Hanging Out
After the flowers are trimmed we place them one last time in large totes to cure for a few weeks to a couple of months depending on the strain. The totes aren’t air-tight so the buds can breathe and slowly cure to perfection. A little cure time can make a huge difference. During this time sofresh has every batch tested by a third-party lab for the state mandated potency, water content and pesticide tests. After the large curing bins, the top shelf buds find themselves in large gallon jars with sofresh labels, genetics information and batch specific THC and CBD potency information. Using glass jars lets us sanitize and re-use the wholesale packaging instead of creating more plastic bag waste.

Storage & Packaging
sofresh farms believes the moisture content of flower is very important. We go to great lengths to make sure our flower is stored in the perfect environment for curing. The temperature and humidity is constantly monitored and kept close to 60 degrees and 60% RH to ensure the flower retains all the original smell and flavor. All our flowers are carefully packaged in sealed glass jars to ensure they arrive in the best possible condition. The jars are also environmental friendly as they can be washed and used many times. We know every time a bud is handled some of the tiny trichomes are broken off. That’s why we keep all contact to a minimum and only handle the flowers by their stems.

IPM Integrated Pest Management

sofresh farms takes organic pest control to a whole new level. It’s called Integrated Pest Management or IPM for short. IPM is a combination of proven pest control management techniques that use different organic methods to ensure our product is residue and containment free.

Plant Positive

The first step to establishing a good IPM program starts with growing healthy plants. Pests are naturally attracted to unhealthy, unbalanced plants, in nature insects help the plant cycle nutrients by decaying old plant waste and turning it into food for the next cycle. At sofresh we always start our plant positive approach by creating a healthy, PH and nutrient balanced soil full of beneficial microbiology and fungi. If even one of the 17 macro/micro nutrients are out of balance or if there are extreme changes in soil moisture or oxygen levels your biology is likely to suffer and plants will become stressed. Managing temperature, light and humidity to maintain an ideal climate that is just right for the plants lifecycle also plays a key role in creating a healthy, plant-positive, growing environment that is pest free.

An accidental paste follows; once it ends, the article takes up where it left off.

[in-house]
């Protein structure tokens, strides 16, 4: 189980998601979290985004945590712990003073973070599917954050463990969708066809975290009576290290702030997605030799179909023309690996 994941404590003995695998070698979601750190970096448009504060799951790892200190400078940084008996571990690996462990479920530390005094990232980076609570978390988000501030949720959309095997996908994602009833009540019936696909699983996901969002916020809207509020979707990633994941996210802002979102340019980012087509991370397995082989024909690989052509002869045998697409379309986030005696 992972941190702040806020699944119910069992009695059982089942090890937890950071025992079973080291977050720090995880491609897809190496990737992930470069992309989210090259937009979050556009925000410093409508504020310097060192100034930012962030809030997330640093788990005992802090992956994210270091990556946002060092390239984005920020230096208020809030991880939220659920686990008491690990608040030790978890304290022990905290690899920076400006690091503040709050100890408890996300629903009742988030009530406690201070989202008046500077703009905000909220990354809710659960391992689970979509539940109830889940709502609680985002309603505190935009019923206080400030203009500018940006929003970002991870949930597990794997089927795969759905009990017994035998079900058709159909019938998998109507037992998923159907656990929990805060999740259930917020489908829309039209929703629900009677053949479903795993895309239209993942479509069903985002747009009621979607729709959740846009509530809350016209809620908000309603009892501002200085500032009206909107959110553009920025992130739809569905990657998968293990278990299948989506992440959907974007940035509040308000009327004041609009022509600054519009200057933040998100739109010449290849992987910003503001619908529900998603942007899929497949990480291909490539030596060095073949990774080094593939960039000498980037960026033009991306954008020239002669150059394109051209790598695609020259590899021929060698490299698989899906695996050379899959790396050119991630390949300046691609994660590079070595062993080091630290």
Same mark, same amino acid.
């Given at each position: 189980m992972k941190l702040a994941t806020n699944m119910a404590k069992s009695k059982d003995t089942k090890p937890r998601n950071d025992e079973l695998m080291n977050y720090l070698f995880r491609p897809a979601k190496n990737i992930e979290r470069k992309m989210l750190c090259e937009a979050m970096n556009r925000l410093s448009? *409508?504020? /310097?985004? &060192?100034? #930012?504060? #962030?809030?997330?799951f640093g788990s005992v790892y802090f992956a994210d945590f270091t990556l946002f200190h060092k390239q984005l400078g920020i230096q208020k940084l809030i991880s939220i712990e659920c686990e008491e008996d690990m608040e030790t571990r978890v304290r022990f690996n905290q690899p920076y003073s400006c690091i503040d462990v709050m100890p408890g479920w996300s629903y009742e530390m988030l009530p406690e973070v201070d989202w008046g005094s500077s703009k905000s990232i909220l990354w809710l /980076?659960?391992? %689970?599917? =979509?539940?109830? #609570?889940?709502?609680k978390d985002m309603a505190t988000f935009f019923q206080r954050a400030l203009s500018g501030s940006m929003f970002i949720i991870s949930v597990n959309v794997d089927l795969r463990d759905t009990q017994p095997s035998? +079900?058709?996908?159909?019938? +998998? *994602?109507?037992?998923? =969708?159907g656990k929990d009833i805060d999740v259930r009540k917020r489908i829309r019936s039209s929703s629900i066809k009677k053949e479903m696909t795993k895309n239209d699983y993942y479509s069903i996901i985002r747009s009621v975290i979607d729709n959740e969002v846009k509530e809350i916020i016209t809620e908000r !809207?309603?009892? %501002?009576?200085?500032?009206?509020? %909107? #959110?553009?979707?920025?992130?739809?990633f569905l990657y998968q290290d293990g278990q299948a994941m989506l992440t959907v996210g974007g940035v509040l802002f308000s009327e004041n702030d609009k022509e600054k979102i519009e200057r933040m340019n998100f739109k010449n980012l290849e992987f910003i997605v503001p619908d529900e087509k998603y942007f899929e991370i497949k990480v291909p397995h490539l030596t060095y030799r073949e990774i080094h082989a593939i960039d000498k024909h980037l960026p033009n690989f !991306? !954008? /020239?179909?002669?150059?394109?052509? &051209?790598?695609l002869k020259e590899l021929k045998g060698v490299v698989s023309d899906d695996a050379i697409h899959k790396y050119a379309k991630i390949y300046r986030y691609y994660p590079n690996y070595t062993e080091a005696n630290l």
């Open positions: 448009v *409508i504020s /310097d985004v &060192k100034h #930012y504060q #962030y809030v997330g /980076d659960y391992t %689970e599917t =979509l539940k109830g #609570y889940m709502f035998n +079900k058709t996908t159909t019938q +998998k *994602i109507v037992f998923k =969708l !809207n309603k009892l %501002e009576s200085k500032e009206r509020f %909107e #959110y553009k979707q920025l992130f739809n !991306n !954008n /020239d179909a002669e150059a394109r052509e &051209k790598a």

The Cover
Above the rich soil and under the flowering cannabis canopy grows another canopy of smaller plants, including low growing grasses and various types of clover. The purpose of the cover crop plants and the organic compressed straw mulch is to help provide an environment that is friendly to beneficial insects. Planting beneficial plants is a permaculture technique that helps to create a symbiotic, nutrient cycling relationship with the cannabis plants while also helping to regulate soil moisture and temperature. Beneficial plants are a key part in a plant positive IPM program.

Trap Plants
Another IPM technique is to use “trap plants”. These types of plants attract the pests we are trying to avoid. Think of a restaurant with only one item on the menu. You can pretty much guess what everyone’s going to order. Now imagine an all you can eat buffet with all kinds of good stuff. Would you go for the day-old broccoli or the cherry cobbler? Trap plants work the same way. Young pole beans to a spider mite are like Krispy Kreme Doughnuts to a stoner. We watch the trap plants closely for any signs of pests and the early warning helps us identify and take care of any issues before the pest pressure gets out of control.

Deterrent Plants
sofresh also grows what we call “deterrent plants” that are planted in high traffic areas to help keep pests away. Plants like rosemary, mint and peppers help to repel problem insects and mites. We look at growing healthy plants, ground cover, trap plants and deterrent plants as the first line of defense, but we also use other methods to keep pests at bay.